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Tumbling Oil Boon for Hedge Fund Bankruptcy Specialists

Tumbling oil prices have helped put asset-based senior lenders in the driver’s seat when it comes to restructuring distressed energy companies.

A slew of energy bonds have lost value as crude tumbled 44 percent in the past year. Since senior lenders are most likely the first creditors that would see losses on the debt, that has given them a leading role in driving the bankruptcy process to potentially own the distressed businesses, said panelists at the 31st Annual Bankruptcy & Restructuring Conference of the Association of Insolvency and Restructuring Advisors in Philadelphia on Friday.

“We are seeing many asset-based loans are bigger than the value of the assets,” said Jonathan M. Landers, a restructuring attorney at New York-based Scarola Malone & Zubatov LLP. “That gives a secured lender a much better shot to drive the restructuring process, because the junior creditors don’t really have practical interest anymore.”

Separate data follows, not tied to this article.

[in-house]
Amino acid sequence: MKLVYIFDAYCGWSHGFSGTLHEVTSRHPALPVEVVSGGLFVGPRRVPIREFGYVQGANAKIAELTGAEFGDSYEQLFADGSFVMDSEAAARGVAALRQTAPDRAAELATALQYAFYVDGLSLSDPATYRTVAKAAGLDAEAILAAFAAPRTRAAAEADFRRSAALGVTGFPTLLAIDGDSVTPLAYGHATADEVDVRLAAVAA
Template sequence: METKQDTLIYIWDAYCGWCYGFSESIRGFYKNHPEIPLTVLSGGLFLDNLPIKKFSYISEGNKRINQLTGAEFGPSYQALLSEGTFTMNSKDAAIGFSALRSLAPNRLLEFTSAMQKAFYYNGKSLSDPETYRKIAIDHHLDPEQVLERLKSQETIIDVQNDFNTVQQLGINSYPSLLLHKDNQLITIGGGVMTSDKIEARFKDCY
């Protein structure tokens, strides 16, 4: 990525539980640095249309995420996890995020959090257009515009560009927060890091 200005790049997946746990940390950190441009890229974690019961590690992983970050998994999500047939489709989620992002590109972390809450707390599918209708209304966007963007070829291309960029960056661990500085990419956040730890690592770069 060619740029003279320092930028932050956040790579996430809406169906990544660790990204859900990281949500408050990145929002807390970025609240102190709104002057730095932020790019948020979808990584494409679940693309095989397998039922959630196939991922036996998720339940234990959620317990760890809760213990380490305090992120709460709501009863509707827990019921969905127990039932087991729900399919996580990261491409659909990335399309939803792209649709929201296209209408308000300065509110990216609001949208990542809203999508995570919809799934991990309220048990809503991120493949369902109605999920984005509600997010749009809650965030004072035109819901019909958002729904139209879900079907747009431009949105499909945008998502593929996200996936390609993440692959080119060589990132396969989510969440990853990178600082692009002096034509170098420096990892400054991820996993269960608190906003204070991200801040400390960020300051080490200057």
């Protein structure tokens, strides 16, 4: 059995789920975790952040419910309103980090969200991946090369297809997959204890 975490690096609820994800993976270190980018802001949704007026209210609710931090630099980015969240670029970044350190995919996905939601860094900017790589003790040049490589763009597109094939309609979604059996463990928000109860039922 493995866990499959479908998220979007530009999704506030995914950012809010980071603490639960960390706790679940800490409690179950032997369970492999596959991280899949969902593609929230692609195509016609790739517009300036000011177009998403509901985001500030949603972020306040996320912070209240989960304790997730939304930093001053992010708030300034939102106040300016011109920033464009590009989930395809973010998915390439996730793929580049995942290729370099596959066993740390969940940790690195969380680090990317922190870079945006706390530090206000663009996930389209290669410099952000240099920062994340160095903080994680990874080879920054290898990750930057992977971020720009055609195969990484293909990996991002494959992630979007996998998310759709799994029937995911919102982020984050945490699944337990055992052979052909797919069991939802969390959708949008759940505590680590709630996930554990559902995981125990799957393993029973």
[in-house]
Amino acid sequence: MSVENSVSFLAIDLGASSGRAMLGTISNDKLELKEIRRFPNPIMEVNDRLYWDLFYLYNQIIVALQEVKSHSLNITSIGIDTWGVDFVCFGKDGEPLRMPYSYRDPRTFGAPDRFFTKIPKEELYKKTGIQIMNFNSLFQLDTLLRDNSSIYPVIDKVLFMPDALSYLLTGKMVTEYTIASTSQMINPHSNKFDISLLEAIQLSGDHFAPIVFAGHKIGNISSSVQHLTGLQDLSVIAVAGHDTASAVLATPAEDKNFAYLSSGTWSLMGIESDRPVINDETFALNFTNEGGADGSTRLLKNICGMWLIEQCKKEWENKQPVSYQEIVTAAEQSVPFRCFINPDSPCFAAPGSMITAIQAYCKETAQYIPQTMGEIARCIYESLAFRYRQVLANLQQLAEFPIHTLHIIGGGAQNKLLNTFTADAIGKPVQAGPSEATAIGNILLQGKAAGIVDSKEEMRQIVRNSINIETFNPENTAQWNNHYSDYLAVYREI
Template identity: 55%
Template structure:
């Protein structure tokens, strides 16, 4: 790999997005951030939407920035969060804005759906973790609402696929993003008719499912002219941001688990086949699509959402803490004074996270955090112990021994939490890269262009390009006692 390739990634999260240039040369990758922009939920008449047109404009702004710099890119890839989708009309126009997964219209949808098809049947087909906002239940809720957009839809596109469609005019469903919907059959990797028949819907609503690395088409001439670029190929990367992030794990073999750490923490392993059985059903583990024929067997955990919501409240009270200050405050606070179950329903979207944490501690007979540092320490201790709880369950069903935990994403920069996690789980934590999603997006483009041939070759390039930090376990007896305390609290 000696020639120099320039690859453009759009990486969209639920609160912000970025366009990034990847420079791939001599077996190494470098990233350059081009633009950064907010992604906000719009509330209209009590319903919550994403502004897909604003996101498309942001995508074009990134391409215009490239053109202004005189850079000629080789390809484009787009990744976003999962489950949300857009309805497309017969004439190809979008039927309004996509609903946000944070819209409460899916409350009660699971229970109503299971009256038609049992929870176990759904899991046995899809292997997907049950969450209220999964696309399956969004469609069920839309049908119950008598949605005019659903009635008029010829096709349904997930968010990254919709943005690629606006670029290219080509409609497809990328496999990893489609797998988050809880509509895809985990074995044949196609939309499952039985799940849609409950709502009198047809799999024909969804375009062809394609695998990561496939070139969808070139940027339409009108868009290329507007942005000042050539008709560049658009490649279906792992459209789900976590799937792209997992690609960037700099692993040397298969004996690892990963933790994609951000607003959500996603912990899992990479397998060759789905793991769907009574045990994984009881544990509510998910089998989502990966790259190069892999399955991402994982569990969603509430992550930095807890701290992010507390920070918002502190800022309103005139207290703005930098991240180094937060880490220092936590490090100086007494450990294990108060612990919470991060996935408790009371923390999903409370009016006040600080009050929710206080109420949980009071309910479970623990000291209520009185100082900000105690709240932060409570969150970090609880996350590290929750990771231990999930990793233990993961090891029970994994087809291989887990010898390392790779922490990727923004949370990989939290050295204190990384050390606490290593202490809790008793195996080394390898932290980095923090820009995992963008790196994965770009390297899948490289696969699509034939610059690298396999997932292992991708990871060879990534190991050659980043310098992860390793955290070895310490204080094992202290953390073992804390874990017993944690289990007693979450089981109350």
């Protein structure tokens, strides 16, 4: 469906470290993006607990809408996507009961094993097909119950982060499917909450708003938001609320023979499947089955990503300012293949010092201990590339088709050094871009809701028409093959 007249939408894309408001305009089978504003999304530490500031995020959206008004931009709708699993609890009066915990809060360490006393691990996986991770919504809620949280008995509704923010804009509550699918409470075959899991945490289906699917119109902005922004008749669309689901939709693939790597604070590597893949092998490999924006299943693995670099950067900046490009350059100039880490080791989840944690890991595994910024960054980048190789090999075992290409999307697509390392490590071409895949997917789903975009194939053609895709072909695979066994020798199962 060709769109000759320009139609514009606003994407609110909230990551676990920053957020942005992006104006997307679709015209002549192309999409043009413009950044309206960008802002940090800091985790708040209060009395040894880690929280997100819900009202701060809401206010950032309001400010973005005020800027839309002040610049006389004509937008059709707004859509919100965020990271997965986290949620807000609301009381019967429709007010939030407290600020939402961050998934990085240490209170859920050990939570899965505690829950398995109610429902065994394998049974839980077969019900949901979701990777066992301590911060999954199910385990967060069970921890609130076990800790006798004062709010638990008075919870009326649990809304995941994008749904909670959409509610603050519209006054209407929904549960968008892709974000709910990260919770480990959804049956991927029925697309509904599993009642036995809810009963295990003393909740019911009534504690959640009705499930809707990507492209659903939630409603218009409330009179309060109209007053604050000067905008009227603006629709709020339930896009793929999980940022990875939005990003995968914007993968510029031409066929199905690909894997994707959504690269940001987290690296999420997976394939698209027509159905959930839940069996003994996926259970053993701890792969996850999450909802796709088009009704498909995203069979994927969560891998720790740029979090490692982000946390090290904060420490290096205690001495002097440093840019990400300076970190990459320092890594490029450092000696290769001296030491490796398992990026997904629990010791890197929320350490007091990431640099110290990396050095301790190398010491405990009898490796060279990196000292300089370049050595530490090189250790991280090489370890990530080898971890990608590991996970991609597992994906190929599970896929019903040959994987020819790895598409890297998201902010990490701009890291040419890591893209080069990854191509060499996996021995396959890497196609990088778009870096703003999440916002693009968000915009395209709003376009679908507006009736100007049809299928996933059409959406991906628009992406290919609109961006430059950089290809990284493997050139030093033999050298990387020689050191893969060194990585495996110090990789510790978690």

Among securities weakened by the crude slide, oil-and-gas producer Samson Investment Co.’s $2.25 billion of 9.75 percent senior unsecured bonds maturing Feb. 2020 have lost 78 percent this year to trade at 9 cents on the dollar, according to Trace, the bond-price reporting system of the Financial Industry Regulatory Authority.

Sabine Oil & Gas Corp.’s $350 million of 9.75 percent senior unsecured debt due Feb. 2017 dropped to 18.3 cents, down 72 percent on the year.

Helping senior lenders take over companies emerging from Chapter 11 are creditors, such as hedge funds and private-equity firms, who own portions of the issuers debt across more than one class of borrowings, the panelists said. The presence of these type of lenders has grown over the last few years, they said.

“The new type of investors are not strictly buying secured loans — they buy second-lien debt and sometimes bonds,” said Dennis F. Dunne, a restructuring attorney at Milbank, Tweed, Hadley & McCloy LLP. “The cross-holding is helping smooth out the negotiations among different creditor groups in court because the plan is not only benefiting this one particular debt group.”

To be sure, holding junior debt in a company could also lead to significant write-offs when the value on the assets shrinks, the panelists said.

“Bottom line is, if a lender wants to do a loan to own nowadays, they should expect less objections from junior creditors as you saw before,” said Landers.

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